Q. Do the amounts allocated to activities outside the programme area have to be calculated only for projects or also for technical assistance? If the Managing Authority attends seminars/trainings in Brussels, does it have to count the resources (flights, accommodation, local transport etc) allocated to this kind of business trips as resources allocated to activities outside the programme area? According to article 35(3) of the ENI CBC IR, should the Managing Authorities also check the costs of the technical assistance in this context?
A. The threshold in article 39.2 applies to projects, as well as to activities of a promotional and capacity-building character paid by the technical assistance. Like any other activity co-financed from EU funds, activities that concern technical assistance, promotion and capacity building must be anyway of added value for the programme area.
Q. In programmes with LIPs selected through direct award, which amount has to be taken into account when calculating the 20% of expenditure outside the programme area: the EC´s overall contribution to the programme or the specific EC contribution to LIPs?
A. The overall amount of EC contribution at programme level should be taken into account for this calculation. The threshold should not be considered separately in regards to the type of selection procedure for projects.
Q. How to understand the meaning of ”activities outside the programme“ area? For example, if a project partner from outside the programme area conducts activities inside the programme area, then should the activities of this partner be counted as activities in the programme area or activities outside the programme area?
A. “Programme area” refers to “eligible area” (as defined in the Joint Operational Programme) in regard to the 20% threshold indicated in articles 39.2 and 45.4 of the ENI CBC IR.
The amount of EU contribution allocated to the beneficiaries located outside the programme area shall not exceed 20% of the programme total EU contribution, as stipulated in article 45.4.
The EU contribution corresponding to the cost of any activity located outside the programme area by whichever partner (located inside or outside the programme area) shall not exceed the 20% of the programme total EU contribution, as stipulated in article 39.2.
Even if the percentage of each threshold is the same, they have to be calculated separately. Consequently, the amounts allocated to activities inside the programme area by a partner located outside it do not count for the 20% threshold in article 39.2, but do count for the 20% of the threshold in article 45.4.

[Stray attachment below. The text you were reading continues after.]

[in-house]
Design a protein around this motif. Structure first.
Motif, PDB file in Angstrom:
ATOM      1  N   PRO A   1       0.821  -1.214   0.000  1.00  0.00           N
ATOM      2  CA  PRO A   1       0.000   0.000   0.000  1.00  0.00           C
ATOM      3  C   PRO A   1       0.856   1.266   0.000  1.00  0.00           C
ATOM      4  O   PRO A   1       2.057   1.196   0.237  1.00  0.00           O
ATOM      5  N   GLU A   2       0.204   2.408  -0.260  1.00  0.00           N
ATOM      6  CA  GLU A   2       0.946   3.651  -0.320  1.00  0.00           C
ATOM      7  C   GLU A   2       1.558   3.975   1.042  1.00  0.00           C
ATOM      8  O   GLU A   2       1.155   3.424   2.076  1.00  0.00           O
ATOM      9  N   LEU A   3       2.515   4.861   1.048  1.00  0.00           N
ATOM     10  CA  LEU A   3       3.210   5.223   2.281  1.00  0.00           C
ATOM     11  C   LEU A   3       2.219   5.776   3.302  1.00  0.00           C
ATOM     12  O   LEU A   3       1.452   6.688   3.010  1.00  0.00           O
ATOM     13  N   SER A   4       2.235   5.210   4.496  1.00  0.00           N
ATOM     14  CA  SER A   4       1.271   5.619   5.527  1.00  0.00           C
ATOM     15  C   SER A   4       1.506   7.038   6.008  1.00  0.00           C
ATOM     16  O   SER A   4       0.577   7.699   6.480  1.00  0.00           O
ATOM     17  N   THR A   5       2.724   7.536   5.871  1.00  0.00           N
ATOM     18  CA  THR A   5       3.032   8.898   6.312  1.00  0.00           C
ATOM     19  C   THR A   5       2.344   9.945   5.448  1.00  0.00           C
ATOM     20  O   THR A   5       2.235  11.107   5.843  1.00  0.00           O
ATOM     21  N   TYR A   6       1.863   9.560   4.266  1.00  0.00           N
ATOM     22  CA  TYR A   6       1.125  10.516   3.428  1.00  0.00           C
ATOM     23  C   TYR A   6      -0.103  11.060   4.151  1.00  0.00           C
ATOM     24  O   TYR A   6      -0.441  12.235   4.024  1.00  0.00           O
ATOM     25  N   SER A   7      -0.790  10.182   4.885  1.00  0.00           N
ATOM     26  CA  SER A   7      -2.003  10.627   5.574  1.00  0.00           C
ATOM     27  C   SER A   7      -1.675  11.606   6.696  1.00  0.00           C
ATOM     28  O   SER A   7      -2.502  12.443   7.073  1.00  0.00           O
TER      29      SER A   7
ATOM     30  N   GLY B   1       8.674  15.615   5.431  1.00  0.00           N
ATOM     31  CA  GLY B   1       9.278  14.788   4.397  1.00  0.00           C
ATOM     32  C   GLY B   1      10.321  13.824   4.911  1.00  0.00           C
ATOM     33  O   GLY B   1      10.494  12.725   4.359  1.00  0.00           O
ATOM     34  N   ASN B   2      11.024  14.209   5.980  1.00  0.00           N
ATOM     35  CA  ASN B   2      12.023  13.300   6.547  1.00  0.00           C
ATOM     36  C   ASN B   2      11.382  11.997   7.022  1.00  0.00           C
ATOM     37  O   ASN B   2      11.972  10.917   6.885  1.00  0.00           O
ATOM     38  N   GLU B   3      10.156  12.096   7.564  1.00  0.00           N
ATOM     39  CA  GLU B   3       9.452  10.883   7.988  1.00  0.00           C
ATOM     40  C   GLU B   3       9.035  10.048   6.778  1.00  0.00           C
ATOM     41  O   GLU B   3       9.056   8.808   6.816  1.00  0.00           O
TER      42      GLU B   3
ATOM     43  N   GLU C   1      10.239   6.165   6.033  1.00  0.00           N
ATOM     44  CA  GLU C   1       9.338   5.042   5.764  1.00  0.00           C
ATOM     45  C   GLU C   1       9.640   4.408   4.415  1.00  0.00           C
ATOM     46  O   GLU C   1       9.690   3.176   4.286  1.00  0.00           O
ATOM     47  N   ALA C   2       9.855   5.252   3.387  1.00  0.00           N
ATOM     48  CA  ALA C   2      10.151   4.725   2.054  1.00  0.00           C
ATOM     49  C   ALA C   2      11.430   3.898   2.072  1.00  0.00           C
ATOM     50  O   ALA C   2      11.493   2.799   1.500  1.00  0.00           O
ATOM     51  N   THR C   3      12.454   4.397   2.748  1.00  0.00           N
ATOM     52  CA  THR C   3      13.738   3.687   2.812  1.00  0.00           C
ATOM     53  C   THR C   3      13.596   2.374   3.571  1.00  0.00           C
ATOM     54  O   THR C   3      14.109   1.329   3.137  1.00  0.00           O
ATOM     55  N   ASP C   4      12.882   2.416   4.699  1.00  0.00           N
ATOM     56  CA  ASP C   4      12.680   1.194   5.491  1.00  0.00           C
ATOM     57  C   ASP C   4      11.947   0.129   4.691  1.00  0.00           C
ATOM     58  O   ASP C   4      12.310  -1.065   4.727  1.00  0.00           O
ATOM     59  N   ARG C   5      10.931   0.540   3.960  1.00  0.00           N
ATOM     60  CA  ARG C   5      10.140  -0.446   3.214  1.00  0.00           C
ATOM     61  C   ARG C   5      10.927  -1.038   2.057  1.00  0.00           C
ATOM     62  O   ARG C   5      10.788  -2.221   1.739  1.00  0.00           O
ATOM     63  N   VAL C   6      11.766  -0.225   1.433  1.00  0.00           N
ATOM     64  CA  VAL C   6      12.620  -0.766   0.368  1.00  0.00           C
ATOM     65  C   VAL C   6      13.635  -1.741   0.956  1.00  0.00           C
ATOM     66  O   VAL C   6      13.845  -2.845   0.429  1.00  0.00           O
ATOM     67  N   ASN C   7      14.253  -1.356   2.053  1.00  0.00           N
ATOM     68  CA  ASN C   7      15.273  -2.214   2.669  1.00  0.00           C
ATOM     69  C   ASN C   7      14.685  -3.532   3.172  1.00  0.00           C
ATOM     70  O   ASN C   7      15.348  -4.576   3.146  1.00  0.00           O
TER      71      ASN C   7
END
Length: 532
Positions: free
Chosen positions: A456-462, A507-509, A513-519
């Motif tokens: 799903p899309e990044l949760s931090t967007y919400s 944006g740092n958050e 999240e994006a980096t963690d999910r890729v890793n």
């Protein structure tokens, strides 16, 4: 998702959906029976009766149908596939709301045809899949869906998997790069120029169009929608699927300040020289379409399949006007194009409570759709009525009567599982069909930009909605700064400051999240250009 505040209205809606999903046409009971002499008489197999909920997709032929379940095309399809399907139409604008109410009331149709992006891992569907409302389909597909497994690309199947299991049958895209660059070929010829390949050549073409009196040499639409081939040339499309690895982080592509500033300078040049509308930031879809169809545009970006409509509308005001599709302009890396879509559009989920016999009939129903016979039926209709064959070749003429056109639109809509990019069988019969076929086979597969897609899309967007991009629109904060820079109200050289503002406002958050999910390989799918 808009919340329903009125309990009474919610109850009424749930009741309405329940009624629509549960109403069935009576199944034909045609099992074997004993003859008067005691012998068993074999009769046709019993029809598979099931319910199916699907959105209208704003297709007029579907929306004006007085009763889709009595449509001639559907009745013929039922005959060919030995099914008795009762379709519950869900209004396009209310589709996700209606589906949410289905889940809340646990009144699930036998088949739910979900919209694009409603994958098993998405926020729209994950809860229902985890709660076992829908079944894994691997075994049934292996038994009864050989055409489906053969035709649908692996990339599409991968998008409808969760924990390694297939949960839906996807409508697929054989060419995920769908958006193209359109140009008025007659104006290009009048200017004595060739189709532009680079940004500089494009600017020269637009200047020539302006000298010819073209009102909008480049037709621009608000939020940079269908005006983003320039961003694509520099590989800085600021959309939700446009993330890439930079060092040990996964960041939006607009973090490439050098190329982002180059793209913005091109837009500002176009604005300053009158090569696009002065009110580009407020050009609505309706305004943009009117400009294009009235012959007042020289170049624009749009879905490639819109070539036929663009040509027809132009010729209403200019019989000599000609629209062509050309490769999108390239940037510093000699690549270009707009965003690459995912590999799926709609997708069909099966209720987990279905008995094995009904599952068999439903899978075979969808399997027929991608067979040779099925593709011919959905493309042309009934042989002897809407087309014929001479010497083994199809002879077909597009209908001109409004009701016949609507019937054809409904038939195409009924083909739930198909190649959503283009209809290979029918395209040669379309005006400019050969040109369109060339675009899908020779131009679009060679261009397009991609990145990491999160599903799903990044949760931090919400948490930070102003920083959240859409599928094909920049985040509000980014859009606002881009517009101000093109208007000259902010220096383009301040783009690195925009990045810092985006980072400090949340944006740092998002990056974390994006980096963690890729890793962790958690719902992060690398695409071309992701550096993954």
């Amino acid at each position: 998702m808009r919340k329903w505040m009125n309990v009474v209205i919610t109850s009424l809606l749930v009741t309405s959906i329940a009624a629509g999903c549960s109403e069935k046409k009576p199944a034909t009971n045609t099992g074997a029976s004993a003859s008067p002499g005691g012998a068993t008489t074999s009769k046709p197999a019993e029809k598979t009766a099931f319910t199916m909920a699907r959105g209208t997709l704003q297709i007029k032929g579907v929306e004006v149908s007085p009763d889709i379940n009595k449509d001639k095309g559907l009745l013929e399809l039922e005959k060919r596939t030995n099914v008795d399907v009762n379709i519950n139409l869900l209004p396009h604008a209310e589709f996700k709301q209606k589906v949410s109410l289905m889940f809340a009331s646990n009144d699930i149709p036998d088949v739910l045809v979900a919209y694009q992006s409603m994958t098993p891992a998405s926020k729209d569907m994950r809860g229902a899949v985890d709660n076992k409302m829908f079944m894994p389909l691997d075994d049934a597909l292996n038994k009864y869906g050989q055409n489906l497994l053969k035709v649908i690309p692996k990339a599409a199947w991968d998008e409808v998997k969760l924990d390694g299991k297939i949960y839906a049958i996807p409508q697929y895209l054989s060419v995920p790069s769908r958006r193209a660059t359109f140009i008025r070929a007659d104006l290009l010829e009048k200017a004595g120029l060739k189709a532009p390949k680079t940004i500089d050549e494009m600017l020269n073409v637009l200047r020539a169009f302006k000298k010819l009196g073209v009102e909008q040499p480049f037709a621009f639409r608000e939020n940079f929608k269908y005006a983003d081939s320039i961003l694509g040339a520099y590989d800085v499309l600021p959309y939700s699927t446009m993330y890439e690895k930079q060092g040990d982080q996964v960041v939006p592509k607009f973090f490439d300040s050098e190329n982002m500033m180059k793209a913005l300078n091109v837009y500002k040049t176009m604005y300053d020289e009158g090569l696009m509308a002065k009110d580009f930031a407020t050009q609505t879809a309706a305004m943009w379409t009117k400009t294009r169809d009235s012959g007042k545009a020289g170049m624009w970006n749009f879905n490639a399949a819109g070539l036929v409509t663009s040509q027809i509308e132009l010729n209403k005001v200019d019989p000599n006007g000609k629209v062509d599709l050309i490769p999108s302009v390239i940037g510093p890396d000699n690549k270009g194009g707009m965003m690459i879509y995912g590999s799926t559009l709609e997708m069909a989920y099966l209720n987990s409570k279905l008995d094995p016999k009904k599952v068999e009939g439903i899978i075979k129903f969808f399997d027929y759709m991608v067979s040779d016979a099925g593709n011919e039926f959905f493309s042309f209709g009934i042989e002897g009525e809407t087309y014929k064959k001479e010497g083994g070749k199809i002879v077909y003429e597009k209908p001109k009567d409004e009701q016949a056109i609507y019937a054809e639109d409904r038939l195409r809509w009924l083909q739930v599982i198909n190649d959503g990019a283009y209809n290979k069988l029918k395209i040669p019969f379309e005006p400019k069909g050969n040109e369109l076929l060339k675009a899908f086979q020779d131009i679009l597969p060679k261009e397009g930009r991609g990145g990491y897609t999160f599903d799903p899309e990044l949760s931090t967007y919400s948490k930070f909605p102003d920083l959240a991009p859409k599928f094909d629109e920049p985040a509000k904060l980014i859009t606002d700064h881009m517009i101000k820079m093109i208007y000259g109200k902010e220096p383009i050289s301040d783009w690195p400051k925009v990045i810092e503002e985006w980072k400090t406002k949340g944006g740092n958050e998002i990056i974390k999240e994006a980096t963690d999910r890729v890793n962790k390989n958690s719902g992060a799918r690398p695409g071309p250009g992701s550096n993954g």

Therefore, the budget annexed to the grant contract and the financial reports must clearly indicate the amount allocated to activities outside the programme area for all partners and must clearly stipulate the total amount allocated to each beneficiary.
Q. Which should be the interpretation of articles 32.2 and 26.6 of the ENI CBC IR? Should the Managing Authority verify each payment claim by re-performing the work of the external auditors? Or is it possible that such re-performance may be done on the sample of projects selected for the on-the-spot checks?
A. The ENI CBC IR do not give any detail on the scope of the “administrative verifications”. The Managing Authority should make a compliance check of each payment request, such as:
- verifying that all requested documents are present, complete and compliant with the requirements in the grant contract, both content-wise and format-wise (financial report, technical report and expenditure verification report),
- checking that the key amounts are in conformity with the grant contract (total budget, amount of pre-financing received, etc.),
- checking that the documents are signed by the legal representative.
The Managing Authority should perform this type of administrative verifications for each payment request, so that the requirement in article 26(6) is followed. A check-list for the verification of each payment request carried out should be filled-in by the Managing Authority and shall serve as evidence of the work done.
In addition, further controls can be carried out when receiving the payment request, aiming at ensuring the reliability of the expenditure verification reports. This is particularly important when the document review raises doubts about the eligibility of part or all of the declared expenditure. Further controls can be done as part of the quality control of a sample of documents, an on-the-spot check and/or at any other moment (e.g., due to an alert by the National Authority or Control Contact Point) and may imply requesting the submission by beneficiaries of supporting documents for the expenses in question.